This completely changes the dynamic of GAE for me. Now, If I'm going to support an app, it's going to cost me money whether it's used or not.

$9 per app per month doesn't sound like much for scalable hosting, but sometimes the best ideas stem from little baby ideas, and little baby ideas are prematurely eliminated from consideration if it costs $9 a month to host them.


Why can't you start with a free app and later upgrade to paid, if you need to?


For users who have optimized for the current pricing structure, this is an insane switch, to give you an idea I just did the calculation for our AppEngine costs. Ouch...

We currently pay about $0.60 a day, so $18 a month

On the new system we have 25 instances on average so 24 * 25 * 0.08 = $48 a day or $1440 a month, even with reserved instances this is $900 a month, a x50 increase....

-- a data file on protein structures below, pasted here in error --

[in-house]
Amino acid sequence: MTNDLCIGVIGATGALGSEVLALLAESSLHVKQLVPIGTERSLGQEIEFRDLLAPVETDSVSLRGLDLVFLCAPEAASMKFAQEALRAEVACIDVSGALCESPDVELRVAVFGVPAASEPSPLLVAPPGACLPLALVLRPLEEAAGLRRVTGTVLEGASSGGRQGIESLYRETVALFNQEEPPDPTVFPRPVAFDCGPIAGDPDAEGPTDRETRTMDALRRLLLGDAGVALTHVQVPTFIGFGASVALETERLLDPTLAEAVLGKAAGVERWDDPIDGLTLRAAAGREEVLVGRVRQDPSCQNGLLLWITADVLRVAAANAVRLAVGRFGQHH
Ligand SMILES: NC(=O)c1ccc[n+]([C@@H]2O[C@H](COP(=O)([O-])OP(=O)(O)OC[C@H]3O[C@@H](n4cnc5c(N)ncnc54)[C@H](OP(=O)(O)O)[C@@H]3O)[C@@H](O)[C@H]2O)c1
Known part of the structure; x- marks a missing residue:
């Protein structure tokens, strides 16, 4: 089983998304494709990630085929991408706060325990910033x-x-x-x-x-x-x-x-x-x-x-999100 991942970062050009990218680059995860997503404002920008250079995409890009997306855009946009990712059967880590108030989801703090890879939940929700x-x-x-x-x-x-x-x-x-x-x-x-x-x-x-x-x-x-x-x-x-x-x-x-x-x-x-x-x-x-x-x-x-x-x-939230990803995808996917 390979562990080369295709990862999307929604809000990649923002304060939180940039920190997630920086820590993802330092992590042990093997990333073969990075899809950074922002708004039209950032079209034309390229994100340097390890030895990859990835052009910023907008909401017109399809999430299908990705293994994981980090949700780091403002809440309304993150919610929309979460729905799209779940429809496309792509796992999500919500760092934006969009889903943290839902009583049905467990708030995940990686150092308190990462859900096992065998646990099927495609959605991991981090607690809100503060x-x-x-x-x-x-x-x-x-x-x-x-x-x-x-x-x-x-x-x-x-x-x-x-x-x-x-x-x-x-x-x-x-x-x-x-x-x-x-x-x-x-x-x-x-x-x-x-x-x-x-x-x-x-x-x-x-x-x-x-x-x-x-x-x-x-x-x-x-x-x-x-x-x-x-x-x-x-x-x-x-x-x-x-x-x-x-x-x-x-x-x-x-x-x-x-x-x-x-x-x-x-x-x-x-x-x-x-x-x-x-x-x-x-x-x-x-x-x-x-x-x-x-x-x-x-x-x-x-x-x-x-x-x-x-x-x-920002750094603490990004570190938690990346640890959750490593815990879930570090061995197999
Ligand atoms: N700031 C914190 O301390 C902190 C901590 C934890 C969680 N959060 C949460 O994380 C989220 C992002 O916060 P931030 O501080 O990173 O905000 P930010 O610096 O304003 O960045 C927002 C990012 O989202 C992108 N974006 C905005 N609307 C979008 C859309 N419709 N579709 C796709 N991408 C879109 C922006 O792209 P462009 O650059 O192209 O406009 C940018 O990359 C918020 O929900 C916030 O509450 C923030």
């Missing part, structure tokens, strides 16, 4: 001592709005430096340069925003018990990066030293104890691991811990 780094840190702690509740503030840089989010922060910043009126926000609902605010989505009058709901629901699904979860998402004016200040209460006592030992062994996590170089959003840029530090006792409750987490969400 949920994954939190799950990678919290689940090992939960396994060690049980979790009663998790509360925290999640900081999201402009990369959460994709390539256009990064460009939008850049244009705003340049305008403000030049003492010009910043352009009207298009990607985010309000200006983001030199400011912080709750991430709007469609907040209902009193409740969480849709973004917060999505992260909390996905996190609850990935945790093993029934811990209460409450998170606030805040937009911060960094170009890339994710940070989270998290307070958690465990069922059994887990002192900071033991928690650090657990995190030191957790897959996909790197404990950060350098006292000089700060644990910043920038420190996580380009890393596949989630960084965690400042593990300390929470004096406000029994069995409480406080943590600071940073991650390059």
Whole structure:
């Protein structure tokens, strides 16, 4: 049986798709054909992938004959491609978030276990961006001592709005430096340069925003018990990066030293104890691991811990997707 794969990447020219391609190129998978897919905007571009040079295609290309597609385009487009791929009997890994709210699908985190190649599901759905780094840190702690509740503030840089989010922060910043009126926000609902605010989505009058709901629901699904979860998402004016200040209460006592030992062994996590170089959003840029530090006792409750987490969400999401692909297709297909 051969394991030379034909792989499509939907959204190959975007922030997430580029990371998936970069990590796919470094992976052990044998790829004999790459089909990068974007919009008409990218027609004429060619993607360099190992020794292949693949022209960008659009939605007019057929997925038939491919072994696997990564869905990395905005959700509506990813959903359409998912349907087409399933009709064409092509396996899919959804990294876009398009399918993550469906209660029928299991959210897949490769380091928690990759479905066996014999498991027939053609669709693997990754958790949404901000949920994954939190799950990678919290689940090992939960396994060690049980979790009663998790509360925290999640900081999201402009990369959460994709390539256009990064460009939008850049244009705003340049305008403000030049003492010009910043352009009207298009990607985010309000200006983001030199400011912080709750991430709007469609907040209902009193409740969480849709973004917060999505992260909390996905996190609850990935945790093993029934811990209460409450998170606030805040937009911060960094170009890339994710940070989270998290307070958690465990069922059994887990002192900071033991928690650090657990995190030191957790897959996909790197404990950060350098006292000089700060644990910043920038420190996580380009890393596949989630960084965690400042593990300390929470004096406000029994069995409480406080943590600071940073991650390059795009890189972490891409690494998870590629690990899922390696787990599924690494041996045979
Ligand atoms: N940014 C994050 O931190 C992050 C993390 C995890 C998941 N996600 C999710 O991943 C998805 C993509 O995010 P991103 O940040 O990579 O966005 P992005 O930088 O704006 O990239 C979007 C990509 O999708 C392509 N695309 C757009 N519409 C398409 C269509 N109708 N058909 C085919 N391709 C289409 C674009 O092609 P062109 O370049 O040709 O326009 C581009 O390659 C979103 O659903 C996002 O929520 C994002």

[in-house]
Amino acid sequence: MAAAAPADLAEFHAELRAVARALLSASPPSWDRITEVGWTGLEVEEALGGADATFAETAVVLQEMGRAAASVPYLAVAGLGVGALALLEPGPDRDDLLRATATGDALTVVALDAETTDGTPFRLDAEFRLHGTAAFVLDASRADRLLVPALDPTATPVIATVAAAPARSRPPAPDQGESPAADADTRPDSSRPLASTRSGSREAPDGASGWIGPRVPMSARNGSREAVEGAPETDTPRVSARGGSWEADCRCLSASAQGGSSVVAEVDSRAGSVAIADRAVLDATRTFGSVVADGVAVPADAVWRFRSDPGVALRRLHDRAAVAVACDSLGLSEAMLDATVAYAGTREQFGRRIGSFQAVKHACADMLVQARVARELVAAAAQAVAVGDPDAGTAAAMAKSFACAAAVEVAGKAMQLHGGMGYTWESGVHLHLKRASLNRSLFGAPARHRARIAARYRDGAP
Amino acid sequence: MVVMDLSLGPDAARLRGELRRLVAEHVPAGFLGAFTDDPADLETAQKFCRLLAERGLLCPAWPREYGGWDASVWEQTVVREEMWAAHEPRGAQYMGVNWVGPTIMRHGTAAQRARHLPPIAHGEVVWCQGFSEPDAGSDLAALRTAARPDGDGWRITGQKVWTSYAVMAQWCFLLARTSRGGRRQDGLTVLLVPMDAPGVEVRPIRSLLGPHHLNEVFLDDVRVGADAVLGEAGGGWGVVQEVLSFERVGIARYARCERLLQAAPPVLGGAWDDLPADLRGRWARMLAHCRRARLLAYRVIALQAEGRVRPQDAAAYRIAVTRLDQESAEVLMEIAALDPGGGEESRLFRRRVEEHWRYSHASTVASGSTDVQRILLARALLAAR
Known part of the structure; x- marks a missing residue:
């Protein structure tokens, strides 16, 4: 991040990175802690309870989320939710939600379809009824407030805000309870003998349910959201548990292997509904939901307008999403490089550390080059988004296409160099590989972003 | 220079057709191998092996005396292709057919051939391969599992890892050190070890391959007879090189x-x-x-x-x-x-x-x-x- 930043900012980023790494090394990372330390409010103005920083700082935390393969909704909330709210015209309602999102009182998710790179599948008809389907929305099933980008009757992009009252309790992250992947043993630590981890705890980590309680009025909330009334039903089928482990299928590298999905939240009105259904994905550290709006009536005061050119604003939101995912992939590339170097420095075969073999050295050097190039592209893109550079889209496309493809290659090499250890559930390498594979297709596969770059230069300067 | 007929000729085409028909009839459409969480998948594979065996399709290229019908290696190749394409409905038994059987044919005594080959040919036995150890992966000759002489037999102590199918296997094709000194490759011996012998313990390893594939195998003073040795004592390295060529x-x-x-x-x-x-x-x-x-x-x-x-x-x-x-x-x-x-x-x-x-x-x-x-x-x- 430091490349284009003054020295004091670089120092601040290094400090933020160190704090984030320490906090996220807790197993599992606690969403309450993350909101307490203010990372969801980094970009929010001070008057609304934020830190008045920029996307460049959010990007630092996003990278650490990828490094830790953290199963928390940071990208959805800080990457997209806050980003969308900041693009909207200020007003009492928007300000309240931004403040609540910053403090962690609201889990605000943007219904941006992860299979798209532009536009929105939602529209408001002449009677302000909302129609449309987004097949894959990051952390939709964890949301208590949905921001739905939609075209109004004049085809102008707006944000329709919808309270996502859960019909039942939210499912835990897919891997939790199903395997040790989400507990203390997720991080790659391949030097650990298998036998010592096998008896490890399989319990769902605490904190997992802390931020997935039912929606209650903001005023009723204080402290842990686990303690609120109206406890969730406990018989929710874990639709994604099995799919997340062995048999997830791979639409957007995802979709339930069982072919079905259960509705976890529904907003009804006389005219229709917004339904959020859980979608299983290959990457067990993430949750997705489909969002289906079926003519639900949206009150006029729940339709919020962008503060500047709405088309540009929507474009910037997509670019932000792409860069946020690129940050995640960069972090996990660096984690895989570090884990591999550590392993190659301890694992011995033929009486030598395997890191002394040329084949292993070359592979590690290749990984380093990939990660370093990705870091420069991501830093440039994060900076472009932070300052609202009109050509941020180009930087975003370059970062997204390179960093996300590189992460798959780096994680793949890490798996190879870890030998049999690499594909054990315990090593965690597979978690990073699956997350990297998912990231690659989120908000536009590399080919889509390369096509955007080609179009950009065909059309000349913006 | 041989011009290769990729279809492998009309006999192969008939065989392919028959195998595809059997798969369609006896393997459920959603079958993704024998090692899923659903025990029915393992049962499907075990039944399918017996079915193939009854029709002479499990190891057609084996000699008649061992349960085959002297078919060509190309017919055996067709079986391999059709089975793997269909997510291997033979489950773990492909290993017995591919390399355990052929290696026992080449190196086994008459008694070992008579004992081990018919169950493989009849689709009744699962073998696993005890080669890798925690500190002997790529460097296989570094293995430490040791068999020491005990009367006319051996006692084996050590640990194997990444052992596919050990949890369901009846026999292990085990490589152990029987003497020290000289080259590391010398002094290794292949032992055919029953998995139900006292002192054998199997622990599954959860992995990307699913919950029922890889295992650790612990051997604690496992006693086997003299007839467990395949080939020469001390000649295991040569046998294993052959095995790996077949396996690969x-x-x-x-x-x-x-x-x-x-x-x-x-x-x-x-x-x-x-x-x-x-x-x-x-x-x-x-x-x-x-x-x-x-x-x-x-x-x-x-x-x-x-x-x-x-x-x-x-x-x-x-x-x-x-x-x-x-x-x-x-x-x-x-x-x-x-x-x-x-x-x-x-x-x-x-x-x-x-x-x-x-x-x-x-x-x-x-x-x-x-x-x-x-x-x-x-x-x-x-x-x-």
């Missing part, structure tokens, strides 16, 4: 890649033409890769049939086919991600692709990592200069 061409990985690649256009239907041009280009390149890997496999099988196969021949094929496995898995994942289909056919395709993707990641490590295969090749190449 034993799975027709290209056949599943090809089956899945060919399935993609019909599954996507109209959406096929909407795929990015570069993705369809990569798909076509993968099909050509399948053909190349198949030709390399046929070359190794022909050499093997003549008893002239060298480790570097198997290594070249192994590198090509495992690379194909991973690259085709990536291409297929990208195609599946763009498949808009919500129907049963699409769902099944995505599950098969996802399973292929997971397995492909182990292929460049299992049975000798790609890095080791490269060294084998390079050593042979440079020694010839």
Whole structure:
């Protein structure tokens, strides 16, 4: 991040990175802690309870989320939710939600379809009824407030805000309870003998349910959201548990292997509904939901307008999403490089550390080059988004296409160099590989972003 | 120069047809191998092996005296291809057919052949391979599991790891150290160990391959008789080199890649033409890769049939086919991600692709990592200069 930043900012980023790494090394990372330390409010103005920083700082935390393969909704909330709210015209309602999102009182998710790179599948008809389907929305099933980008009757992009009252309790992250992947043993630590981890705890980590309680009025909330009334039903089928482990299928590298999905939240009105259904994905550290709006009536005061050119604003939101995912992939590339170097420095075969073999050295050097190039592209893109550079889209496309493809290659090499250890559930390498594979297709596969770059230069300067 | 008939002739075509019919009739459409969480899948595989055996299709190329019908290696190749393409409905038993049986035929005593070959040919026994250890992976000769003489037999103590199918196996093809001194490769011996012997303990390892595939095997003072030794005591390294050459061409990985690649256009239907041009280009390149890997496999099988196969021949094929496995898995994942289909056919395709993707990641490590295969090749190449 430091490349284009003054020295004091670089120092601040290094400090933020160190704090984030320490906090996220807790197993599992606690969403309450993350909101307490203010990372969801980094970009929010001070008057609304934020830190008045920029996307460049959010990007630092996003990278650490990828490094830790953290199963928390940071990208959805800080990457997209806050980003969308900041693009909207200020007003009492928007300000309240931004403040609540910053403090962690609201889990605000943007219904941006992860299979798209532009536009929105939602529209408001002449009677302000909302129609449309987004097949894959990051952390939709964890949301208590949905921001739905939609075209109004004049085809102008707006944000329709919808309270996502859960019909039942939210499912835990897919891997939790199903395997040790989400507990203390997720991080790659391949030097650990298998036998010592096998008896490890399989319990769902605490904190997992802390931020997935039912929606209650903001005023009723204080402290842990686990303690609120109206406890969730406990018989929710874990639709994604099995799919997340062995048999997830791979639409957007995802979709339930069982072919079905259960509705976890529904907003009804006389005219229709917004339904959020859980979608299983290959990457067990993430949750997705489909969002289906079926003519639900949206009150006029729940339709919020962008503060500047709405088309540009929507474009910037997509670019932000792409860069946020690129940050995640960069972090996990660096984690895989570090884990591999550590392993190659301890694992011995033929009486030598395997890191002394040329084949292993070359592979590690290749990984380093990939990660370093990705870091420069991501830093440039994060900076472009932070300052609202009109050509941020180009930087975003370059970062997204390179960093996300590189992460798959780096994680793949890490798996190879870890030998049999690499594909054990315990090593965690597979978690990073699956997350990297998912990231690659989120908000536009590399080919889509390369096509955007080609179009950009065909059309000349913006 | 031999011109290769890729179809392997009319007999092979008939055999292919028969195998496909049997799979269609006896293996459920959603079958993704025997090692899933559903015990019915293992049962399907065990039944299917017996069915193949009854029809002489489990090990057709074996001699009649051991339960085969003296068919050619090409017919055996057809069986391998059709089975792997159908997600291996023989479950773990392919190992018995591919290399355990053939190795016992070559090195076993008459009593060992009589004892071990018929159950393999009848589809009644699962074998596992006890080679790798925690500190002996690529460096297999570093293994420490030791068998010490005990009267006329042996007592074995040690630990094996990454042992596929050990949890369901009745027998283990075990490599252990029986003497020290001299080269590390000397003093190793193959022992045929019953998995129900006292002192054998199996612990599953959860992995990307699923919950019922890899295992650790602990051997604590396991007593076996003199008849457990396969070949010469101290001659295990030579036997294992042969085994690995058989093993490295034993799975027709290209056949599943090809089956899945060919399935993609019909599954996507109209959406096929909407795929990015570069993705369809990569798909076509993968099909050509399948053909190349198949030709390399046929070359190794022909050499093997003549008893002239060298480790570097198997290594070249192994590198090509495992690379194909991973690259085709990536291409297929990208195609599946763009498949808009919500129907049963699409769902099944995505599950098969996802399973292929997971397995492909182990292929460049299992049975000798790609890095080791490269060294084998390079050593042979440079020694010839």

We do thousands of small requests, optimized for low CPU usage and not instance count, guess its time to move.


Don't jump to conclusion too fast.

Enable safethreading and you will likely go to 2 or 3 instances, due to the many small requests you have. You may even go to 1 or 2 instances when they have finished optimizing their scheduler. So who knows, you may even end up with a lower monthly bill!!


The free quotas will still be ok but only for fairly low-traffic apps and sites (less than 1GB/day, one instance). For everyone else, though, this is a massive price increase and pretty much kills a major part of why App Engine was so appealing in the first place.

Huge disappointment.